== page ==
BENT.
Lot 4
LISSA RIVERA | POOLSIDE, FAMILY HOME
4

LISSA RIVERA | POOLSIDE, FAMILY HOME

Estimate: 3,000 - 5,000 USD

LISSA RIVERA | POOLSIDE, FAMILY HOME

Estimate: 3,000 - 5,000 USD

Lot Sold:3,750USD

Lot Details

Description

LISSA RIVERA

b. 1984

POOLSIDE, FAMILY HOME


framed, a ClampArt, New York, label on the reverse

archival pigment print

30 x 20 in.; 76.2 x 50.8 cm

2015, this work is number 3 from an edition of 5, plus 2 artist's proofs.

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Condition Report

While this chromogenic print has not been examined out of its frame, it appears to be in generally excellent condition. The colors remain bright and saturated, with no apparent fading.


In response to your inquiry, we are pleased to provide you with a general report of the condition of the property described above. Since we are not professional conservators or restorers, we urge you to consult with a restorer or conservator of your choice who will be better able to provide a detailed, professional report. Prospective buyers should inspect each lot to satisfy themselves as to condition and must understand that any statement made by Sotheby's is merely a subjective qualified opinion.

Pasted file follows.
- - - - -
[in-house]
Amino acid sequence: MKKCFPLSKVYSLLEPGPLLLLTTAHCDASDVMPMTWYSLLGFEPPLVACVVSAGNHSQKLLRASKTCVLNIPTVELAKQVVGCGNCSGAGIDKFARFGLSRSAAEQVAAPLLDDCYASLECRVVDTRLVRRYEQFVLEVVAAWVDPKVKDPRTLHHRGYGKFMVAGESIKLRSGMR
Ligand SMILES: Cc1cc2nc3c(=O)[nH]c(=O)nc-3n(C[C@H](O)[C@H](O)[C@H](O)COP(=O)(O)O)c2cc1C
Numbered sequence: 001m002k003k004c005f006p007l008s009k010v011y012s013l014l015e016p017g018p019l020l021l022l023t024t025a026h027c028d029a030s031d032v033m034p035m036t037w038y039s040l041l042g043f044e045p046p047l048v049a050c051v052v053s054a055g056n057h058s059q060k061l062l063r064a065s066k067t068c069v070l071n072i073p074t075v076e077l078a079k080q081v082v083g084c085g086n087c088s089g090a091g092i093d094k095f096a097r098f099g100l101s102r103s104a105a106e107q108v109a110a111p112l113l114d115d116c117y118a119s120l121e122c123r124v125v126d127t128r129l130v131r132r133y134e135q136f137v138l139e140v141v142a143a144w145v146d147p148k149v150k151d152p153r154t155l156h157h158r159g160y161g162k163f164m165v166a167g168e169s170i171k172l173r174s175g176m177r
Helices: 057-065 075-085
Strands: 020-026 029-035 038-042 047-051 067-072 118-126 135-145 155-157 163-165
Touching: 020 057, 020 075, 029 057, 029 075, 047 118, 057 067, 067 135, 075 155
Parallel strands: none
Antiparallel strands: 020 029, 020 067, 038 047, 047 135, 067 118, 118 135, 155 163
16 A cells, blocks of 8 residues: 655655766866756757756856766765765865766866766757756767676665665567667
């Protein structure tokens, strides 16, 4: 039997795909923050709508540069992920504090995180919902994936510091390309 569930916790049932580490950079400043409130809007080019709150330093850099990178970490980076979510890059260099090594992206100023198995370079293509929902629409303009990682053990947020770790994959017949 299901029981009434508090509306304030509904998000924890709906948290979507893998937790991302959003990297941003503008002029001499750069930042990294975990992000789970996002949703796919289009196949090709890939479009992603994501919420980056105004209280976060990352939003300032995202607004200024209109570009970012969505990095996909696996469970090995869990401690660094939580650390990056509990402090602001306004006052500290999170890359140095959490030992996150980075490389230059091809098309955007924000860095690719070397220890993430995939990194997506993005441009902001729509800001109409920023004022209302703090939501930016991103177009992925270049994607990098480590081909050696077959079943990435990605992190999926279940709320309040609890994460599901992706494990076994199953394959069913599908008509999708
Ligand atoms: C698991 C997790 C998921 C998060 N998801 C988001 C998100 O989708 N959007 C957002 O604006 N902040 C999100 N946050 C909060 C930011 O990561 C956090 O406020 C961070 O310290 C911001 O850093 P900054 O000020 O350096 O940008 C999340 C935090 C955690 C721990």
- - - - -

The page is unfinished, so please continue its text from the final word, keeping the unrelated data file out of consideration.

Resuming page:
NOTWITHSTANDING THIS REPORT OR ANY DISCUSSIONS CONCERNING CONDITION OF A LOT, ALL LOTS ARE OFFERED AND SOLD "AS IS" IN ACCORDANCE WITH THE CONDITIONS OF SALE PRINTED IN THE CATALOGUE.

Cataloguing

Catalogue Note

In 2014, Lissa Rivera began her photographic series Beautiful Boy as a way to offer her friend BJ Lillis realization of his 'genderqueer' identity, which he expresses through wearing women’s clothes. Rivera has noted, 'So much of identity is constructed from looking at pictures; looking at photographs and looking at a film can really change who you are.' Lillis’ lithe form, sleek bathing cap, red lips, and intense gaze evoke the starlets of classic cinema and the work of twentieth-century fashion photographers such as Cecil Beaton (see lot 71) and Slim Aarons. 'The work really gives permission for women to look at women and for men to look at men, and for people to be nothing or anything or everything,' insists the photographer.

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